Modifiable service binary. Let’s hunt it!
    1
    Replacing service
    binary using xcopy
    Medium IL shows us that
    process isn’t privileged
    2
    3
    Modified by non-privileged user file is
    launched as service under SYSTEM

    View full-size slide

  36. Search for dropping of files to Windows/”Program Files” folders by non-privileged processes:
    source_name:"Microsoft-Windows-Sysmon" AND event_id:11 AND event_data.IntegrityLevel:Medium
    AND (event_data.TargetFilename:("\\Program Files\\" "\\Program Files (x86)\\") OR
    event_data.TargetFilename.keyword:/.\:\\[W|w][I|i][N|n][D|d][O|o][W|w][S|s]\\.*/) AND -
    event_data.TargetFilename:(*temp*)
    Modifiable service binary. Let’s hunt it!
    Get from memcached

    View full-size slide

  37. Search for execution as service with System rights of file, that was dropped by non-privileged user:
    source_name:"Microsoft-Windows-Sysmon" AND event_id:1 AND event_data.ParentImage:"\\services.exe" AND
    event_data.User:"NT AUTHORITY\\SYSTEM" AND event_data.ImageModifierIntegrityLevel:Medium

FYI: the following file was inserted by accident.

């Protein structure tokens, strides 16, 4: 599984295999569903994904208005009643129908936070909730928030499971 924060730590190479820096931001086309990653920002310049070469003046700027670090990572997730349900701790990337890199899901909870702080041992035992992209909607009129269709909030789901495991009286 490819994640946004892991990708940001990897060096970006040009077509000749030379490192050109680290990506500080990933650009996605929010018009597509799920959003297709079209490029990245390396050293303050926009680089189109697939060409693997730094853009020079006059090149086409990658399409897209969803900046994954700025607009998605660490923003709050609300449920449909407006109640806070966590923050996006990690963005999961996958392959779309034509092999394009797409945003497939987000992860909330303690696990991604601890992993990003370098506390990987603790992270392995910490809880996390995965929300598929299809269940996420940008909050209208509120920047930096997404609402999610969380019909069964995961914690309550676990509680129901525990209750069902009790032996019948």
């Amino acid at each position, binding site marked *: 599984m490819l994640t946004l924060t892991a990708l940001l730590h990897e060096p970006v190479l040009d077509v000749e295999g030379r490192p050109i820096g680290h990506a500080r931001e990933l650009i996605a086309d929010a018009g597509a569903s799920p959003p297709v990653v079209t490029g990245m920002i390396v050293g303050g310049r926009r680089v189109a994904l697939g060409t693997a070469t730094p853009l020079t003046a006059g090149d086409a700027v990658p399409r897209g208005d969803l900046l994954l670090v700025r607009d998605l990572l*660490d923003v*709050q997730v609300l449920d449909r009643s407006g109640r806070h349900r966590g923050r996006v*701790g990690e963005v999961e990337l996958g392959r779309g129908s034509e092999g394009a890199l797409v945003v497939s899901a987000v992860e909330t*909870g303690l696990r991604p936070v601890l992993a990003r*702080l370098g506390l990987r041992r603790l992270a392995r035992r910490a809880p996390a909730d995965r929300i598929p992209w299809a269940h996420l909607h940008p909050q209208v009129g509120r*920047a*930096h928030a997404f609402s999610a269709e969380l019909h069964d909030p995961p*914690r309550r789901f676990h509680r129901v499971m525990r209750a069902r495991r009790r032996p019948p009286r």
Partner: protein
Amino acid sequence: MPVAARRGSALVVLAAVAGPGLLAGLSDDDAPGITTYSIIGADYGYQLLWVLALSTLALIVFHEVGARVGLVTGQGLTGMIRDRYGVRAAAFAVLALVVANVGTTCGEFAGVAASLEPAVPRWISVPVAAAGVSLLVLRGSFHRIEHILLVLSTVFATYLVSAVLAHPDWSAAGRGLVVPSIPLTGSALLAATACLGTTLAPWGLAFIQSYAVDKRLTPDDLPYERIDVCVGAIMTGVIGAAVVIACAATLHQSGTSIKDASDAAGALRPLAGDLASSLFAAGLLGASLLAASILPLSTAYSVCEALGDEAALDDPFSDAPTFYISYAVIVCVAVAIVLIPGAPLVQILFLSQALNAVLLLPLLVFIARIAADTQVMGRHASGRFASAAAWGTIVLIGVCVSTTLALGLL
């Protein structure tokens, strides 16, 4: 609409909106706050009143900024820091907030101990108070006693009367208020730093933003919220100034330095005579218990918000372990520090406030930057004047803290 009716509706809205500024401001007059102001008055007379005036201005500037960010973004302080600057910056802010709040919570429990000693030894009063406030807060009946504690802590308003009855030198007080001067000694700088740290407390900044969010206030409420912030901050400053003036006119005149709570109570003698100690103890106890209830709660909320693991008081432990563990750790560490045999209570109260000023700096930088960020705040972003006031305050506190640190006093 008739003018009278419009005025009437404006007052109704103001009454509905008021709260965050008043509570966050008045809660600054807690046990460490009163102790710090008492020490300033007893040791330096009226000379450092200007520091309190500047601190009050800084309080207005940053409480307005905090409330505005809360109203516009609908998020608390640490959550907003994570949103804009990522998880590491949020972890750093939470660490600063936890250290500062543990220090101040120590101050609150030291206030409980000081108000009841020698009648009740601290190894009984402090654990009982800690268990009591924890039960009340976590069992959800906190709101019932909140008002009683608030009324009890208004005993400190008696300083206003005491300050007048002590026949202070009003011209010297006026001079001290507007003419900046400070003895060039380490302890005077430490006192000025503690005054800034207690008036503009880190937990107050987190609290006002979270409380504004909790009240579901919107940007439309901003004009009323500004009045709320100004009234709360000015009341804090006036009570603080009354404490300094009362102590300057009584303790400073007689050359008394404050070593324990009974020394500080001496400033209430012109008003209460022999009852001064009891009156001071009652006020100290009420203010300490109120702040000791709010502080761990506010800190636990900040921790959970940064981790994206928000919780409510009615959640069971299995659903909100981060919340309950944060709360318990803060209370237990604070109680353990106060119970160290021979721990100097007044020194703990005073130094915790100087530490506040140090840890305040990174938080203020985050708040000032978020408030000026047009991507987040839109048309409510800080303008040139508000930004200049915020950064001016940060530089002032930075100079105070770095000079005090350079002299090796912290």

Modifiable service binary. Let’s hunt it!
    Key for caching information
    about dropped file
    Key for getting
    information about
    dropped file from
    cache

    View full-size slide

  38. Caching information about modified/created executables
    1. Calculating file
    path fingerprint
    2. Caching information
    about file modifier

    View full-size slide

  39. Enrich events with information about last modifier
    1. Calculating file
    path fingerprint
    2. Obtaining
    information from
    cache
    3. Enrich event with
    information about last modifier

    View full-size slide

  40. Enrich events with information about last modifier
    Using Logstash memcached filter it is possible to cache information about created files for
    further enrichments of other events:
    Example of enrichment with
    information about last file modifier

    View full-size slide

  41. Privilege escalation via weak permissions. Accesschk tool
    usage. Let’s hunt it!
    Events, related to usage of AccessChk utility to check rights on different objects.
    Finding writeable registry keys
    Metadata shows us, that it is
    renamed AccessChk
    Finding services,
    which we can control
    Metadata shows us, that